Adjective "Stoic" definition and examples

Pronunciation

/ˈstəʊɪk/

Definitions and examples

noun

A person who can endure pain or hardship without showing their feelings or complaining.
  1. 'The ideal stoic would go about life as an actor in a play, playing the roll they are assigned.'
  2. 'Beth's husband Kevin, a charismatic history teacher, emerges as a stoic, entirely but mutely aware of his wife's distracted love.'
  3. 'If you are on one end of the bell curve and need minimal drugs to treat your pain, you're a stoic, a good chap.'
  4. 'The modest, by contrast, realise that, in the sum of history and geography, they're but a tiny, passing crater, and the stoics know that human pain has to be suffered and can't just be railed against.'
A member of the ancient philosophical school of Stoicism.
  1. 'Here the Stoics might sound like Plato and Aristotle.'
  2. 'Approximately half the entry is on the Greek moralists Socrates, Plato, Aristotle, and the Stoics.'
  3. 'The view that emotions are irrational was eloquently defended by the Epicureans and Stoics.'
  4. 'The ancient Stoics seem to have taken a similar line.'
  5. 'As a concept, it has affinities with Plato's anima mundi (world soul), and the Stoics ' pneuma.'
  6. 'Since 1993, I've gone through a great deal of philosophy, in particular works by the Roman stoics such as Marcus Aurelius, Seneca, and Cicero.'
  7. 'For doctrines in these areas, he turns to the Stoics and Peripatetics.'
  8. 'His heroes are the Stoics - especially Epicurus - and Marx.'
  9. 'For the Stoics were thorough-going empiricists and believed that sense-impressions lie at the foundation of all of our knowledge.'
  10. 'The Stoics attacked the Categories on the assumption that this treatise is on language and about linguistic expressions.'

adjective

  1. 'I suspect that if you have been trained to be stoic, this probably diminishes your ability to sense pain.'
  2. 'The movie detective is an archetypal Western hero: stoic, logical, and doggedly determined.'
  3. 'And in that kind of instance you would need a judiciary that is stout and stoic in the face of differences of opinion with the regime.'
  4. 'All the handmaidens cheered, but the Lady stood to the back of them, her face stoic.'
  5. 'She was silent and stoic through her trial, but she is talking now.'
  6. 'Mostly they were stoic as the tiniest details of the family's nightmare were revealed.'
  7. 'I cannot say these things matter-of-factly: they are too painful, and I have never been stoic.'
  8. 'Marilyn was a stoic and determined woman, with a clear vision.'
  9. 'Michael sat in one of the chairs against the wall, trying his best to look strong and stoic, but the worry in his eyes was his betrayer.'
  10. 'The Britons, in contrast, appeared stoic, taking the mentality of que sera sera.'
Of or belonging to the Stoics or their school of philosophy.
  1. 'Seneca preached Stoic abstinence'
  2. 'As we have seen, only virtue is good and choiceworthy, and only its opposite, vice, is bad and to be avoided according to Stoic ethics.'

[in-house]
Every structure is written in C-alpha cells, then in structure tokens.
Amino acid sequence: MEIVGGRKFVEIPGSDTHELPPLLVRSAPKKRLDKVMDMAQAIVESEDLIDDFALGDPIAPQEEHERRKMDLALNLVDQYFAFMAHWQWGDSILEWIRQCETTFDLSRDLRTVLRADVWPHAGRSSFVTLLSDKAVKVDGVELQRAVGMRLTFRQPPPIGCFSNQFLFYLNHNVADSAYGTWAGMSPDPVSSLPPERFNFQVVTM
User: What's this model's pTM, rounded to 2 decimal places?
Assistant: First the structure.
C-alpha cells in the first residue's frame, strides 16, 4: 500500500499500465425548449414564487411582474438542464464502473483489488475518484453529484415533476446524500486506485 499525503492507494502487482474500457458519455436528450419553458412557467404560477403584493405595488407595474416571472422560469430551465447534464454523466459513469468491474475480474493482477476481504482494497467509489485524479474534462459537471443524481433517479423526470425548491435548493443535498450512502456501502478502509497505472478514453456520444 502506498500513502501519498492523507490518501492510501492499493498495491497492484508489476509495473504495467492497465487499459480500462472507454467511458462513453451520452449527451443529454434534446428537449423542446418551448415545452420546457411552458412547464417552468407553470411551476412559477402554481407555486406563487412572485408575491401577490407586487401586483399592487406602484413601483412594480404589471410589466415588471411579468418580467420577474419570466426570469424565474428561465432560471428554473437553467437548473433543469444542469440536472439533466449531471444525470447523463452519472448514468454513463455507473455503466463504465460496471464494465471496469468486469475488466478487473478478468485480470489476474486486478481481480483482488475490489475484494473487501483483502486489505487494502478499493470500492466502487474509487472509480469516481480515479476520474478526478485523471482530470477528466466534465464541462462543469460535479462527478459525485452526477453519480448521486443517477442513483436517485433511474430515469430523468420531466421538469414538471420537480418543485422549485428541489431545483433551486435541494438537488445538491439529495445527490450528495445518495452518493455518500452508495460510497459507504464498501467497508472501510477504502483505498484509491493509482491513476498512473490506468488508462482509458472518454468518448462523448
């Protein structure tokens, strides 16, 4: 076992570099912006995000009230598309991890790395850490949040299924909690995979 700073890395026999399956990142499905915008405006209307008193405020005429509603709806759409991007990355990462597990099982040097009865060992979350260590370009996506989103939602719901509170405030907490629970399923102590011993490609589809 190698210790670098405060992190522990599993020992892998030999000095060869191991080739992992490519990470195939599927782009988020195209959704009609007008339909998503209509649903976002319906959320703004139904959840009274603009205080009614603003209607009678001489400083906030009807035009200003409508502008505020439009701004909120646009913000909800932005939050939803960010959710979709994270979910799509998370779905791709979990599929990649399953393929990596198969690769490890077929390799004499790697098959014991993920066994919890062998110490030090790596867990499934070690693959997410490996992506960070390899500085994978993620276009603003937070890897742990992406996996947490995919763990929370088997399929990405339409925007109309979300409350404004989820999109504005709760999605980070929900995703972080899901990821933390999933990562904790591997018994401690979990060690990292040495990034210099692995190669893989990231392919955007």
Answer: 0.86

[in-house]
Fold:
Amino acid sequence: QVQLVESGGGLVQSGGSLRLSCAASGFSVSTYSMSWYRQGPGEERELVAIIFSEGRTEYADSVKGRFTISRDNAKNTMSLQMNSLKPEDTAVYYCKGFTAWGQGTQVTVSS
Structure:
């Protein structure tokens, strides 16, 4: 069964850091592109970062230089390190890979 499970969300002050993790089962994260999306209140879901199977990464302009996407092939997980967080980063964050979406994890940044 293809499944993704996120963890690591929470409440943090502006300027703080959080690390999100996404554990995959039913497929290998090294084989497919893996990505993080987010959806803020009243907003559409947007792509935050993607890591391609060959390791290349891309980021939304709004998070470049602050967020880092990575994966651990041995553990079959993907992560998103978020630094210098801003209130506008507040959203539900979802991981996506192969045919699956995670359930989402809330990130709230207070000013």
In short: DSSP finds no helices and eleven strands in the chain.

3. 'I found the juxtaposition naive, given my background in Stoic philosophy of managing the passions in public life.'
  4. 'This line of argument would seem to lead either to benign Stoic conclusions of mutual indifference, or to finding tyrants and reigns of terror no threat to individual freedom.'
  5. 'The Stoic school of philosophy existed for about five centuries, from its founding around 300 BCE to the second century CE.'
  6. 'Neither Aristotle nor Plato envisioned their cosmic cyclicity as requiring any detailed endless repetition such as the multiple births of Socrates, though some Stoic philosophers did adopt this drastic position.'
  7. 'Philo made a synthesis of the two systems and attempted to explain Hebrew thought in terms of Greek philosophy by introducing the Stoic concept of the Logos into Judaism.'
  8. 'In general, the prominent characteristic of Stoic philosophy is moral heroism, often verging on asceticism.'
  9. 'So well-versed was he in the works of the Stoics that he went on to teach Stoic philosophy as a fellow of The Hoover Institution.'
  10. 'This unity in the soul is related to another widely held Stoic teaching, i.e., the unity of the virtues.'
  11. 'However, through the introduction of the ‘Spirit,’ upon which Stoic philosophy has a great impact, this transcendence is counterbalanced by the immanence of Wisdom.'

Definitions

1. of or relating to the school of philosophy founded by Zeno, who taught that people should be free from passion, unmoved by joy or grief, and submit without complaint to unavoidable necessity.

2. (lowercase) stoical. noun

3. a member or adherent of the Stoic school of philosophy.

4. (lowercase) a person who maintains or affects the mental attitude advocated by the Stoics.

More examples(as adjective)

"people can be stoic in/at/on ways."

"people can be stoic throughout trials."

"people can be stoic during proceedings."

"artists can be stoic about fates."

"people can be stoic."

More examples++

Origin

(Stoic)Late Middle English: via Latin from Greek stōïkos, from stoa (with reference to Zeno's teaching in the Stoa Poikilē or Painted Porch, at Athens).